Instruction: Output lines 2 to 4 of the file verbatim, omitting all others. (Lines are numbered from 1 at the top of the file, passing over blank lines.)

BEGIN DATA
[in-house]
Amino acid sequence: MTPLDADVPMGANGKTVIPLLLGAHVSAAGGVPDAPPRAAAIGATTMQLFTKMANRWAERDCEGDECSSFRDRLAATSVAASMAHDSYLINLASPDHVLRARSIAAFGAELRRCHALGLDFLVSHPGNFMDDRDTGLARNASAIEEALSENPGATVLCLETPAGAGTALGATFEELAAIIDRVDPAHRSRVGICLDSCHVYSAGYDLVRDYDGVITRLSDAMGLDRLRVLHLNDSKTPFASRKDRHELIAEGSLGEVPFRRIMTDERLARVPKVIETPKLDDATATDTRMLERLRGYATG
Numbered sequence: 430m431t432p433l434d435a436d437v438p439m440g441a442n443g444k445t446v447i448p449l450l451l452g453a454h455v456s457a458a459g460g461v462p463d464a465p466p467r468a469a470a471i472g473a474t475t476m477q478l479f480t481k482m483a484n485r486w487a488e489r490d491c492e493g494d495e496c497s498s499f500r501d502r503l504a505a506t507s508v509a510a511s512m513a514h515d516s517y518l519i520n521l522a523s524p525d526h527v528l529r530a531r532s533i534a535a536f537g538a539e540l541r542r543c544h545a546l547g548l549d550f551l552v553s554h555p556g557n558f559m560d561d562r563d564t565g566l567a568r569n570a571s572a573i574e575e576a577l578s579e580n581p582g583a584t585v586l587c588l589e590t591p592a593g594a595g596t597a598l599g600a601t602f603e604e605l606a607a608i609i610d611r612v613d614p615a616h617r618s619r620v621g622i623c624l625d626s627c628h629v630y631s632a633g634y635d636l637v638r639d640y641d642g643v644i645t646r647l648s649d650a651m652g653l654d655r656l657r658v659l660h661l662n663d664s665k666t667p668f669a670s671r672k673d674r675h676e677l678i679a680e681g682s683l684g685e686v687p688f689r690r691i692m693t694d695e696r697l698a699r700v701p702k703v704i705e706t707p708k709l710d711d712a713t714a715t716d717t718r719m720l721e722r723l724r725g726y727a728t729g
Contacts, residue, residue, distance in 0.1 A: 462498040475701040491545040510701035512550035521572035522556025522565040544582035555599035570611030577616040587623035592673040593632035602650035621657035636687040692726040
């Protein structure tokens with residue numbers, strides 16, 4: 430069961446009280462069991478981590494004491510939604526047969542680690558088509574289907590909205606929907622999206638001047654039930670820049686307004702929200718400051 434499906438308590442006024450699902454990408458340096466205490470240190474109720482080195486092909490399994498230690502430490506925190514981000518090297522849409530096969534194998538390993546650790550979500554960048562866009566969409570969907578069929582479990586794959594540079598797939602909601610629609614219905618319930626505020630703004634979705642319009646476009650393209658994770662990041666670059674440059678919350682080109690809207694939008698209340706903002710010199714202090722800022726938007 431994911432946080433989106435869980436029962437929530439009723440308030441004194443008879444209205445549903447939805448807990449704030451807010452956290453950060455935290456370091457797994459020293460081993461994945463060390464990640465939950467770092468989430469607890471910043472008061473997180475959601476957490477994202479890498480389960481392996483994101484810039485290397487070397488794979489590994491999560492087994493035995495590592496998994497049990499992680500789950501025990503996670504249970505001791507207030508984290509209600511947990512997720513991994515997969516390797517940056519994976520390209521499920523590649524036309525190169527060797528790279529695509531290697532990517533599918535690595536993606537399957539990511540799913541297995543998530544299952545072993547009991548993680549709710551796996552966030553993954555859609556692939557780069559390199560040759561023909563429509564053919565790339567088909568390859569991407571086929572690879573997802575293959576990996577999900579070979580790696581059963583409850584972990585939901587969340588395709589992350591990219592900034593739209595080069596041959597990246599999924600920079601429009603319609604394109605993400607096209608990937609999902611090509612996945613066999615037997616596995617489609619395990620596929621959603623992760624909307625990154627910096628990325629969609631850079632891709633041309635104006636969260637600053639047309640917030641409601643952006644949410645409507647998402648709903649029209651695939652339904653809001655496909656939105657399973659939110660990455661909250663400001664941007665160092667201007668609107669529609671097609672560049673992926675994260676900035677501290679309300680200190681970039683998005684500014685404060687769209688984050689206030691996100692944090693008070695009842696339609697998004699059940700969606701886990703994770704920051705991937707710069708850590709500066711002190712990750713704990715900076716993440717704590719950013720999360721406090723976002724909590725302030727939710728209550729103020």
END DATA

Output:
Amino acid sequence: MTPLDADVPMGANGKTVIPLLLGAHVSAAGGVPDAPPRAAAIGATTMQLFTKMANRWAERDCEGDECSSFRDRLAATSVAASMAHDSYLINLASPDHVLRARSIAAFGAELRRCHALGLDFLVSHPGNFMDDRDTGLARNASAIEEALSENPGATVLCLETPAGAGTALGATFEELAAIIDRVDPAHRSRVGICLDSCHVYSAGYDLVRDYDGVITRLSDAMGLDRLRVLHLNDSKTPFASRKDRHELIAEGSLGEVPFRRIMTDERLARVPKVIETPKLDDATATDTRMLERLRGYATG
Numbered sequence: 430m431t432p433l434d435a436d437v438p439m440g441a442n443g444k445t446v447i448p449l450l451l452g453a454h455v456s457a458a459g460g461v462p463d464a465p466p467r468a469a470a471i472g473a474t475t476m477q478l479f480t481k482m483a484n485r486w487a488e489r490d491c492e493g494d495e496c497s498s499f500r501d502r503l504a505a506t507s508v509a510a511s512m513a514h515d516s517y518l519i520n521l522a523s524p525d526h527v528l529r530a531r532s533i534a535a536f537g538a539e540l541r542r543c544h545a546l547g548l549d550f551l552v553s554h555p556g557n558f559m560d561d562r563d564t565g566l567a568r569n570a571s572a573i574e575e576a577l578s579e580n581p582g583a584t585v586l587c588l589e590t591p592a593g594a595g596t597a598l599g600a601t602f603e604e605l606a607a608i609i610d611r612v613d614p615a616h617r618s619r620v621g622i623c624l625d626s627c628h629v630y631s632a633g634y635d636l637v638r639d640y641d642g643v644i645t646r647l648s649d650a651m652g653l654d655r656l657r658v659l660h661l662n663d664s665k666t667p668f669a670s671r672k673d674r675h676e677l678i679a680e681g682s683l684g685e686v687p688f689r690r691i692m693t694d695e696r697l698a699r700v701p702k703v704i705e706t707p708k709l710d711d712a713t714a715t716d717t718r719m720l721e722r723l724r725g726y727a728t729g
Contacts, residue, residue, distance in 0.1 A: 462498040475701040491545040510701035512550035521572035522556025522565040544582035555599035570611030577616040587623035592673040593632035602650035621657035636687040692726040